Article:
Up-and-down day, managing aches and pains of old-age health issues that interfered with and finally halted my work on a lengthy and complex novel I hope will be counted one of my best. Assuming I finish its edit before the Green Ripper, as John D. MacDonald styled him, edits me.
Reaching a point of relative stasis in my health struggle in the wee hours, brain unwilling to resume the rigors of creative writing, I look up Unfinished Symphony on a whim. The internet says:
“Schubert’s Symphony №8 was started in 1822, but for reasons that have never been understood, Schubert never completed the work. The first two movements are complete — and this two-movement piece is one of the composer’s most famous works — but there are only fragments of the final two movements….”
In my teens, a long time ago, I loved classical music when my contemporaries idolized Elvis Presley and The Beatles. Schubert’s Eighth often was on the record stack of my “hi-cap” stereo. Ready to automatically drop into place beneath the needle following Beethoven or Muller as accompaniment to completion of my first novel. With the hubris of youth, I was sympathetic to his failure to finish. Never imagined I would grow old enough to face the prospect of such failure myself.
My perspective shifted in my twenties when I read The Snows of Kilimanjaro. To quote a modern internet review: “The story is about the slow death of an unnamed writer…His leg is rotting away due to gangrene caused by a scratch he got on a thorn in the bush. The trivial nature of the wound that proved fatal suggests one theme, that death is omnipresent and never far away. Another main theme…is the opposite, focusing on the random events and feelings that make up life… and his sense that, while it was his ‘duty’ to write of such things, now he never would, suggests that what is most precious to the writer is this lived experience, even if the ‘story of his life’ makes no logical sense….”
For thirty years after reading the Hemingway, I abdicated my “duty” as a writer while absorbing many “random events and feelings that make up life” per his reviewer. At least as much material as his fictional writer dying from a scratch. When I finally published a second novel, I wryly proposed my three-decade writer’s block for the Guinness record-book.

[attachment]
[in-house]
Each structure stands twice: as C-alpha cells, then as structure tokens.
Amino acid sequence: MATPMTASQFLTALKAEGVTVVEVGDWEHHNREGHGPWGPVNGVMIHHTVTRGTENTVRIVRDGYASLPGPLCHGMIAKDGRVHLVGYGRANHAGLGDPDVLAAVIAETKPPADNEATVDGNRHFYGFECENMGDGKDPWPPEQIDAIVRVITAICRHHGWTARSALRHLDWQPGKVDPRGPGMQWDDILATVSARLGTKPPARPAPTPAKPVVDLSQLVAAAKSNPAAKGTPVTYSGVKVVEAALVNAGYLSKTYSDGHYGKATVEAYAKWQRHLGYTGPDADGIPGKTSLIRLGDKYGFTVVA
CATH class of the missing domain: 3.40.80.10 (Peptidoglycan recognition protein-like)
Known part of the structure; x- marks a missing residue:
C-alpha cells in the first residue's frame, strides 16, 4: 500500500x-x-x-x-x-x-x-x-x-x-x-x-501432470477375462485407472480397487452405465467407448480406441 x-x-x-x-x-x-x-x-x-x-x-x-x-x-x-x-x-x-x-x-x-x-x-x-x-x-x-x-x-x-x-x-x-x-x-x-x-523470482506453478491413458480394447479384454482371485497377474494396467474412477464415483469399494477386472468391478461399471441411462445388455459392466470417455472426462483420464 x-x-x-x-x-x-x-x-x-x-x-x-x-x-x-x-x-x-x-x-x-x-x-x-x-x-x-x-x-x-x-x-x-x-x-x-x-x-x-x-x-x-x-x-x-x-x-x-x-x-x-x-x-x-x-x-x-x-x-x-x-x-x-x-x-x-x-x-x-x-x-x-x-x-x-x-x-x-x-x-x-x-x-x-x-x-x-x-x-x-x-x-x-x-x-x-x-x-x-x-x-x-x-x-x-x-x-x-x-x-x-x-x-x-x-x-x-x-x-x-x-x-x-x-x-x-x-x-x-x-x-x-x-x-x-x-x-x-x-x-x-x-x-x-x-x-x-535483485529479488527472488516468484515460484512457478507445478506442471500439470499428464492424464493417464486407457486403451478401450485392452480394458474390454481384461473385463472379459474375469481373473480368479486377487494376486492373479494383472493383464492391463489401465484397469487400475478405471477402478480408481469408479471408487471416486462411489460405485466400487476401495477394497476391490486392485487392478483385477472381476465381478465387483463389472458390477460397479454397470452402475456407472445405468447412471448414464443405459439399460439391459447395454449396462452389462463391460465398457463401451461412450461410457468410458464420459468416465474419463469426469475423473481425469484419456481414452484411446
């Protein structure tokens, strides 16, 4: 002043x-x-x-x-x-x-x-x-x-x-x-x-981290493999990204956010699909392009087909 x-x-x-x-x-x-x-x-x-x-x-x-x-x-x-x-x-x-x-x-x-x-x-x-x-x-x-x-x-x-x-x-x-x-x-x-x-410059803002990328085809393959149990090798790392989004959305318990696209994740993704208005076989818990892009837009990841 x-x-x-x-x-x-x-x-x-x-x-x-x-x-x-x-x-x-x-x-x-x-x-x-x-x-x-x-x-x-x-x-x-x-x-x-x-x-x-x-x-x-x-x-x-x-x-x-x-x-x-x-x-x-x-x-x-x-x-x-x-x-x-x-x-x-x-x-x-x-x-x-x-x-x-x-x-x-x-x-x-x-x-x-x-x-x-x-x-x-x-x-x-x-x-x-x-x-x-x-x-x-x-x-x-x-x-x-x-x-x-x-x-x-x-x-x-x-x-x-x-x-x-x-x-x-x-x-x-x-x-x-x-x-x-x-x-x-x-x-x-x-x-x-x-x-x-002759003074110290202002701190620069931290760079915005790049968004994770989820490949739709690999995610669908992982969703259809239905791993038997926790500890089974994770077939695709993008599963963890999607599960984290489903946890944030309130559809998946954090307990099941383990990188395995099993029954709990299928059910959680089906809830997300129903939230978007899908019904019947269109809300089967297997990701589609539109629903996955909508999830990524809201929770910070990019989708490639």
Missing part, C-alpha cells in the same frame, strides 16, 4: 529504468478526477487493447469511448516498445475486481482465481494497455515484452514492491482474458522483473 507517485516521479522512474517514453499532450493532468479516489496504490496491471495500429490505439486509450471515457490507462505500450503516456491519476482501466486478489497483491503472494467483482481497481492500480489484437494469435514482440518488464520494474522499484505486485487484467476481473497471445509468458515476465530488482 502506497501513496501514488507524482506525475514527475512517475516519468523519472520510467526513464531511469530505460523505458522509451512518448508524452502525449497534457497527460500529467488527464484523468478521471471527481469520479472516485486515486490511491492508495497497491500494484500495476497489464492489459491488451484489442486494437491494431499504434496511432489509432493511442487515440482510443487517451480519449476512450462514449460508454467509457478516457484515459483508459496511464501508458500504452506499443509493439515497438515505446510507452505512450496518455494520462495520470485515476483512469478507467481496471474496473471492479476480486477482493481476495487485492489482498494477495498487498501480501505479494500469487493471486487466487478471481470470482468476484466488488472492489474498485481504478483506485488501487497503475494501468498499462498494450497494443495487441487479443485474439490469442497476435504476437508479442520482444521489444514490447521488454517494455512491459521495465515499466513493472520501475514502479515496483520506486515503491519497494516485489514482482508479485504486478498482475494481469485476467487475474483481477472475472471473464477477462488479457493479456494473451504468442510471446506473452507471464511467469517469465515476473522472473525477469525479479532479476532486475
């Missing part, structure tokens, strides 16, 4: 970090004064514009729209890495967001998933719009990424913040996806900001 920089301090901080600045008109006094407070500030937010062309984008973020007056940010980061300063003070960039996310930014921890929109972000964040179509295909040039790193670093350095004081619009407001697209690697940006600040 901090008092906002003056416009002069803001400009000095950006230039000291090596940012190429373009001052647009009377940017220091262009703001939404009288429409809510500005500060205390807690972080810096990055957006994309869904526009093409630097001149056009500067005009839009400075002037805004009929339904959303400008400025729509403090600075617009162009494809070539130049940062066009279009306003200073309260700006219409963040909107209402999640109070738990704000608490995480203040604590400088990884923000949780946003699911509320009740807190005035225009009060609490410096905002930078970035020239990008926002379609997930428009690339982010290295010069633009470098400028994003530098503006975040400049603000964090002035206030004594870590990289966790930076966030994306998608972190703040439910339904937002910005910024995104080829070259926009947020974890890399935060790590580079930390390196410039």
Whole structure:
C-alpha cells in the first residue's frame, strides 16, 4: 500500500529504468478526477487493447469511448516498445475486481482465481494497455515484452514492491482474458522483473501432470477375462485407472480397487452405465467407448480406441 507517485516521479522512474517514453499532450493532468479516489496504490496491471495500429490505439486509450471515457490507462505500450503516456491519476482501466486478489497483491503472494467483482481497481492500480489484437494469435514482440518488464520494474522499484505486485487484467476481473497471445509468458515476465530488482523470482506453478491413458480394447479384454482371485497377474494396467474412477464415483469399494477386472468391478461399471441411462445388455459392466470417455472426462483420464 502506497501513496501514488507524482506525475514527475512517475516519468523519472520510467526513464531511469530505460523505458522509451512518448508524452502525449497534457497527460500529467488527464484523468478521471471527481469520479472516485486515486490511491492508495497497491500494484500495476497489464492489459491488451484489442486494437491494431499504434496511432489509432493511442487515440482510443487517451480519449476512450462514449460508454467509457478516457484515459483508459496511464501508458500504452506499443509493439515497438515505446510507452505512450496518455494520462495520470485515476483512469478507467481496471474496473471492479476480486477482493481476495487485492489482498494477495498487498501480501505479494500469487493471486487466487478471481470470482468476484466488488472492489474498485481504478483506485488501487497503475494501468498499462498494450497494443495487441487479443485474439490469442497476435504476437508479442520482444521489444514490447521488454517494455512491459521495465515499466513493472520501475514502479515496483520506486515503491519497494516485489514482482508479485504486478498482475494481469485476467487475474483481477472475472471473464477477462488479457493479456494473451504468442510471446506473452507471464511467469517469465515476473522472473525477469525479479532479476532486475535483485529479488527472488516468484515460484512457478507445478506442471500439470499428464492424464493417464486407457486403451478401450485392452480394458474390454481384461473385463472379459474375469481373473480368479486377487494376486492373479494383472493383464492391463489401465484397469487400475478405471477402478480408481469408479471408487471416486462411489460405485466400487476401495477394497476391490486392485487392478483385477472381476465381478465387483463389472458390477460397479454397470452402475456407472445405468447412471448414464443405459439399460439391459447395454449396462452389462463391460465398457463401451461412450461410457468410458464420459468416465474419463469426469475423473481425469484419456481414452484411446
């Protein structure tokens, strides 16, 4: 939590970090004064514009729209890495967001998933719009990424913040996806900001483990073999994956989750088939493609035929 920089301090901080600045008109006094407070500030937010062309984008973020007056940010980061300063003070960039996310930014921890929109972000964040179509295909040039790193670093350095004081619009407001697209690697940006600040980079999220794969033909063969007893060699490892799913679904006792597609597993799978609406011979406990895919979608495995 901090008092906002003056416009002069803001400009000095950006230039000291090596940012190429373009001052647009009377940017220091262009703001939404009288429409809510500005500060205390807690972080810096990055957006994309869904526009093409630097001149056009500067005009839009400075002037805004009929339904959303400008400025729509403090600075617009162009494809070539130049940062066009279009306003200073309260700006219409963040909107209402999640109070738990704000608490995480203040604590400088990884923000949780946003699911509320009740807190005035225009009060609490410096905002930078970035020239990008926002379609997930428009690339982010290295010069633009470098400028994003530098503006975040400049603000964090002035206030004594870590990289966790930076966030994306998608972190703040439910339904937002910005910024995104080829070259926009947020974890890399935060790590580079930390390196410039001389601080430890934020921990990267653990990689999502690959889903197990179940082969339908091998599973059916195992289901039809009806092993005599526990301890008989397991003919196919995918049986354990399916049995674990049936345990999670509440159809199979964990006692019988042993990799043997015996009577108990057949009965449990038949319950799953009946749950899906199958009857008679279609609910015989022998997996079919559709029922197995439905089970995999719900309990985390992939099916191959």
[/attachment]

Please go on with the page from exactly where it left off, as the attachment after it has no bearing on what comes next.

In the subsequent two decades, encompassing the turn of this new century, I published nineteen books, and one well-received short story in the revenant Saturday Evening Post. Making the Post, my oldest friend and present publisher told me, was an achievement Hemingway himself had been denied.
I was sort of on a roll. Then a year ago an old nemesis, sarcoidosis, reappeared. My health deteriorated. My writing dried up. By Christmas life was imitating art. My left hiking boot rubbed a small scratch on my foot. The scratch became a painful sore. The sore became infected as I stubbornly refused to seek medical attention. I was eight miles from a hospital, not isolated on the African veldt, when my lady-love finally called paramedics. There was plenty of muscle to load my almost-inert 300-plus pounds on a gurney and take me away.
I spent four days over Christmas in the intensive-care unit, attended by space-suited, masked personnel whose other patients on the floor fought for their lives against the lethal pandemic bug. In my agitated brain, secret fear of that infection piggybacking on mine, and of gangrene, joined drug-induced hallucinations vivid as those of Hemingway’s writer dying in Africa. Along with similar thoughts of all my stories yet unwritten.
One of those was about Jane Doe in the Age of Aquarius.
It was the nineteen eighties. A handful of looney-tunes Californians had begun to filter into the Evergreen State, convinced the Age of Aquarius that had so much cachet in the sixties was finally upon us. Events of cosmic importance were about to commence in the Pacific Northwest. My job at the time was dealing with harsh realities of everyday life as public-relations mouthpiece for the State Patrol. Which led me to Jane Doe’s hospital room in Olympia.